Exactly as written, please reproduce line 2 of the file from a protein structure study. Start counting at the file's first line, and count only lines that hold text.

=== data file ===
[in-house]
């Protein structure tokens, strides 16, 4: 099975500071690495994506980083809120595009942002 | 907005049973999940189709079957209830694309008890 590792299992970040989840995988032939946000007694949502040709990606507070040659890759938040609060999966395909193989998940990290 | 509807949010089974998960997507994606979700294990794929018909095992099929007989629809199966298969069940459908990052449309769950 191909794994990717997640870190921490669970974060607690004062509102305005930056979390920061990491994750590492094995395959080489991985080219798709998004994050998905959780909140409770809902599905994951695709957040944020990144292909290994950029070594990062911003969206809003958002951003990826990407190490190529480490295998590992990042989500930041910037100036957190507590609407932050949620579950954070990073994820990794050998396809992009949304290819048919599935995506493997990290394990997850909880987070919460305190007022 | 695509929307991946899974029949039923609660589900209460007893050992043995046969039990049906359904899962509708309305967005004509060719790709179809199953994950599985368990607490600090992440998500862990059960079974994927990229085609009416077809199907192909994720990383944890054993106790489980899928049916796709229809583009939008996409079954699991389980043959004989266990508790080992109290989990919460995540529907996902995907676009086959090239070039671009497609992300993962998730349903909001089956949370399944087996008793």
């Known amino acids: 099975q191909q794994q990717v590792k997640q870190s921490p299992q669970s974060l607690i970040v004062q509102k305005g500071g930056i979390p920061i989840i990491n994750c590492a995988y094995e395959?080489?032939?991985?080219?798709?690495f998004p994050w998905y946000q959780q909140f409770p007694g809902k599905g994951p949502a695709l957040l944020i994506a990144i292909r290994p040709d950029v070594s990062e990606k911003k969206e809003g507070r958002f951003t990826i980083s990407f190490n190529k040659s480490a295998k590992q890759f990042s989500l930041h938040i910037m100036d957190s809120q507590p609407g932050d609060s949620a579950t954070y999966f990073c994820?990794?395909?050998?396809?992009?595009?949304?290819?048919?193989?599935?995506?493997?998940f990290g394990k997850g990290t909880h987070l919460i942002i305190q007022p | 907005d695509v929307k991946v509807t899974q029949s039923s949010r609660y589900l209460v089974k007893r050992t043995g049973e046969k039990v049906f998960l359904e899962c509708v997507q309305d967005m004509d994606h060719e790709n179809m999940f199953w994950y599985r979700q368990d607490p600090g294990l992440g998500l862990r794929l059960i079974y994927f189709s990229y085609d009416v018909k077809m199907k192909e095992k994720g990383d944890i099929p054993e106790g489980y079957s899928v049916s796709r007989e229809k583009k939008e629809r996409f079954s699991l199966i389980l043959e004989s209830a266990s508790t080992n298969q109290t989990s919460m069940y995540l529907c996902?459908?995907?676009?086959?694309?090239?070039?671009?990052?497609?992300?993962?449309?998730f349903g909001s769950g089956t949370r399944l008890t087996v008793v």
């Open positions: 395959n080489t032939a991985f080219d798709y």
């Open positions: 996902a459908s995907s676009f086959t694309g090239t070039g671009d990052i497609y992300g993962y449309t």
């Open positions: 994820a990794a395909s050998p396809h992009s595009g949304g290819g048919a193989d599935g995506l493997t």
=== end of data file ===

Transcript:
């Protein structure tokens, strides 16, 4: 099975500071690495994506980083809120595009942002 | 907005049973999940189709079957209830694309008890 590792299992970040989840995988032939946000007694949502040709990606507070040659890759938040609060999966395909193989998940990290 | 509807949010089974998960997507994606979700294990794929018909095992099929007989629809199966298969069940459908990052449309769950 191909794994990717997640870190921490669970974060607690004062509102305005930056979390920061990491994750590492094995395959080489991985080219798709998004994050998905959780909140409770809902599905994951695709957040944020990144292909290994950029070594990062911003969206809003958002951003990826990407190490190529480490295998590992990042989500930041910037100036957190507590609407932050949620579950954070990073994820990794050998396809992009949304290819048919599935995506493997990290394990997850909880987070919460305190007022 | 695509929307991946899974029949039923609660589900209460007893050992043995046969039990049906359904899962509708309305967005004509060719790709179809199953994950599985368990607490600090992440998500862990059960079974994927990229085609009416077809199907192909994720990383944890054993106790489980899928049916796709229809583009939008996409079954699991389980043959004989266990508790080992109290989990919460995540529907996902995907676009086959090239070039671009497609992300993962998730349903909001089956949370399944087996008793």